START KEEPING DISCUS by: Jim E. Quarles
This article is for the Newbe to discus keeping. And just perhaps a
few things can be of use to those not so new to the hobby. If you want
to keep discus, you had better spend time and effort learning all you
can before you buy your first fish. There are several right ways to
get started and hundreds of wrong ways that would make your introduction
either enjoyable or a living hell.
Before you even consider picking out that first wonderful discus at
your local aquarium store, just turn around and walk over to the book
section. That's where you will find the books you should buy and read
before adding that beautiful fish to you collection. The more you can
learn before you start, the more enjoyable will be the result. Who knows,
you might even become an expert later on!
Recently at one club meeting the speaker told those present that the
best investment they could make in their hobby was a supply of books.
I totally agree with that. Discus fish are a special type of fish, anyone
who tells you that is not so, just plain don't know what they are talking
about or have learned just enough about them to be stupid in passing
on that information. Discus are demanding in both, food and water conditions,
they also are special in that they present more problems in your effort
to keep them parasite and disease free.
While all general aquarium principles apply when keeping them, some
must be applied far more rigidly then with other fish. Now none of the
above presents impossible problems to the NEWBE. But it is far better
to be prepared then to uninformed and make costly mistakes. Discus fish
come from a native habitat that contains soft acidic water. To keep
them in good health, you should provide them with that requirement above
all. They are classified as cichlids, and their are many different kinds
of cichlids each with their own water and food requirements so what
applies to one species does not always meet the requirements of the
others. One thing will become very clear once you obtain your fish,
and start your discus adventure.
Frequent and massive water changes are required much more often then
with most aquarium fishes. While a bare bottom tank is not essential
it sure makes keeping the water and tank clean and clear of uneaten
food or fish waste. WARNING. Under-gravel filters are a big NO NO. They
are nothing more then filthy collectors. They take the waste out of
site, but not out of the system. They are not good for fish or plant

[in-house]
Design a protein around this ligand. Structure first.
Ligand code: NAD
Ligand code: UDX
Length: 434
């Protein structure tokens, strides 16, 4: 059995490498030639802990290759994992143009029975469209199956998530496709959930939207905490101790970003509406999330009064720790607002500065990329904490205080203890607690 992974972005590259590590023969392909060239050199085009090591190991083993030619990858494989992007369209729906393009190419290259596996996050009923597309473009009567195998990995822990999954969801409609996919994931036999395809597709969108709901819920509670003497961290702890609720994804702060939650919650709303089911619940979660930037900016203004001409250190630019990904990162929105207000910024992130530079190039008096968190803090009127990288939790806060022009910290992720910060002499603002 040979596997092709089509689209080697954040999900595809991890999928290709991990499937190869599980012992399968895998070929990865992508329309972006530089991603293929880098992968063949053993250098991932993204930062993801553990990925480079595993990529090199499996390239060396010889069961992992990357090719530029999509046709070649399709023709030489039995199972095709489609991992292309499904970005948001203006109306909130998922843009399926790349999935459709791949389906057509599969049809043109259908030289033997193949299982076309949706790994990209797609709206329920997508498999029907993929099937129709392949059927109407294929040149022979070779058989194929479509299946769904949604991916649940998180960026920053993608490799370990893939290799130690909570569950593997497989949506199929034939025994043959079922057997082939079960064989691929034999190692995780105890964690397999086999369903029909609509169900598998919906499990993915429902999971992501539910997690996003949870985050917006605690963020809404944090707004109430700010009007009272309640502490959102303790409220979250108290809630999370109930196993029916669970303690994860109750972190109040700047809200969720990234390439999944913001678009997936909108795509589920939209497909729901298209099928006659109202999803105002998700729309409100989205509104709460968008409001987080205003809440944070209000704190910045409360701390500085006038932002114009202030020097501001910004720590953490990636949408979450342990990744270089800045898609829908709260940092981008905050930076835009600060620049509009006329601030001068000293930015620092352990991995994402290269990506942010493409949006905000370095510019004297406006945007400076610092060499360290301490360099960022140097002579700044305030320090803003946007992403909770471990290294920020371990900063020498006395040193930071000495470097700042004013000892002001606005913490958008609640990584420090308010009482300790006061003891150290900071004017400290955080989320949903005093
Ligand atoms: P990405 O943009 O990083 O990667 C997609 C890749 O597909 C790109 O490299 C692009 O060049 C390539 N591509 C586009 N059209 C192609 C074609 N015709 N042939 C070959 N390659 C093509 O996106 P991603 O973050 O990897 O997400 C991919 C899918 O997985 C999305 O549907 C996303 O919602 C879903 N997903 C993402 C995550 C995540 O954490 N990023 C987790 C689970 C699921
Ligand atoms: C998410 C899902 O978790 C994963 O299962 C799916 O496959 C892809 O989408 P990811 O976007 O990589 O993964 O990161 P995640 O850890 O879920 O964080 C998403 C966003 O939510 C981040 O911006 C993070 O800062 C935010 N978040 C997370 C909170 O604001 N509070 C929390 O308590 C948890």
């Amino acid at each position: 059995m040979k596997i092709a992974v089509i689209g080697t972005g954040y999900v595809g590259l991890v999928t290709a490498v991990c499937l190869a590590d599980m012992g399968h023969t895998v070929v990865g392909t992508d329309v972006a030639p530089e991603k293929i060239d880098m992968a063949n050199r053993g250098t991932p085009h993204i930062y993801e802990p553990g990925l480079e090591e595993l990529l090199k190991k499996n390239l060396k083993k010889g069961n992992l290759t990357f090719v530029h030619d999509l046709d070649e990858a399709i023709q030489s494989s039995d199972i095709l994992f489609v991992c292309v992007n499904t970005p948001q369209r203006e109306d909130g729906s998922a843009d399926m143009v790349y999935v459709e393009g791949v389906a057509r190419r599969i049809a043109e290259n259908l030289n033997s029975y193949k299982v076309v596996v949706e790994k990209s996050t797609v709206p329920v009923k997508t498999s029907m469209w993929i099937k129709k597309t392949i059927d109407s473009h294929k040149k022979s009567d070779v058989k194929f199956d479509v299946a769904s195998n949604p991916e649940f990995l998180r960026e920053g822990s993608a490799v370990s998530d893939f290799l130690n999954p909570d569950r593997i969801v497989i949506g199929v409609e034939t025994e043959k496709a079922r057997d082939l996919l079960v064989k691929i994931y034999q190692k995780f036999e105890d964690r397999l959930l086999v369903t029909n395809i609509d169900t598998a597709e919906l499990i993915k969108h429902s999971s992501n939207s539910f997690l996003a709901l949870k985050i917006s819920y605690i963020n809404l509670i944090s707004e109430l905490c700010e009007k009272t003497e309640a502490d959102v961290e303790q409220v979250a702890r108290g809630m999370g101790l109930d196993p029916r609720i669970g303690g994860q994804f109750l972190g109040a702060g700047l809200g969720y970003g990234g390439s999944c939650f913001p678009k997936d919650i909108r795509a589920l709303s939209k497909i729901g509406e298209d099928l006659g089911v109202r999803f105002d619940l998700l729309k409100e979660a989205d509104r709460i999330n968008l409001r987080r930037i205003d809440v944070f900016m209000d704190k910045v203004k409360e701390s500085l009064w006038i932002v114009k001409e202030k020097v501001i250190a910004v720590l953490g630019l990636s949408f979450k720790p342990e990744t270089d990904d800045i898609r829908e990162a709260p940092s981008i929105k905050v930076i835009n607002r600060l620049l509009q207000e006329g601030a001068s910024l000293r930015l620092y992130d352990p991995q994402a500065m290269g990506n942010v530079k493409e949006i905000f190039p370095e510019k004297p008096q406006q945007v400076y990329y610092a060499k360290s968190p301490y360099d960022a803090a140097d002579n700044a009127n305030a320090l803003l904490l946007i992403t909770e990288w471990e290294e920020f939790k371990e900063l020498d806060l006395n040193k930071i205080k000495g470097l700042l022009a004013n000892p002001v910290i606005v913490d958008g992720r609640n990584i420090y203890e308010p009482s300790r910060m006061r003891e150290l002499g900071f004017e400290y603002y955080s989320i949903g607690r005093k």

life. The ideal setup for a discus tank would be a bare container, with
fresh acidic water that is very soft flowing through it 24 hours per
day. ( Dream on.) Since that is not likely to be the case the next best
would be a bare container of at least 2 ½ gallons of water per inch
of fish, with a couple of sponge rubber filters and a canister filter
with activated carbon in it. That is maintained at 6.8 ph., set at 82
to 84 degrees F. And remember each tank arrangement must be cycled to
develop the biological filter to good working conditions before adding
fish. ( more about this later.) Regarding tank size, while young discus
fish are small, but remember they grow fast and become quite large.
So if your tank is to small they will not be happy and it will stunt
their growth. I recommend the largest tank you can afford or place.
Breeding tanks later on can be down sized to even twenty gallons per
pair. now lets pretend we have a nice large tank ( maybe ) fifty five
gallon show tank, and it's biological filter is work as required. How
many fish can you keep? Well it depends on their size. Up to twenty
young fish say to 3 inches in size, or 6 or 8 fully adult discus.
I know the next question? Can I keep Angel fish with my discus, the
answer is yes but it is not advisable for two reasons. one angel fish
are pigs when it comes to eating they will hog the best food and since
the discus are shy slow picky bottom feeders they may not get enough
food. Second angelfish can carry diseases that have little effect on
themselves but prove deadly to discus. If you must have other fish in
their tanks make it tetras, small catfish, or other non-aggressive fish.
The next item is proper food. Discus will eat almost anything if they
are trained to do so. But they should have a mixed plate to select from.
Meat like ground beefheart is good if not over done. Flake or pellet
food. Brine shrimp. White worms, but NEVER LIVE WORMS, EITHER BLACK
OR TUBFLEX TYPES. These are worms that can bring in diseases and tapeworms
to your fish. Discus have short guts, and it is better to feed small
amounts more often than one large meal once a day. All uneaten food
should be removed after one hour or so, this helps keep the disease
and rotten waste factor down. Remember these fish demand clean water
at all times to remain healthy. Well I hope I have given you good guide
lines if your adding discus and not frightened you away from the most
beautiful of all the aquarium fishes. Join us discus nuts but please
make it a pleasure for your self not a disappointment.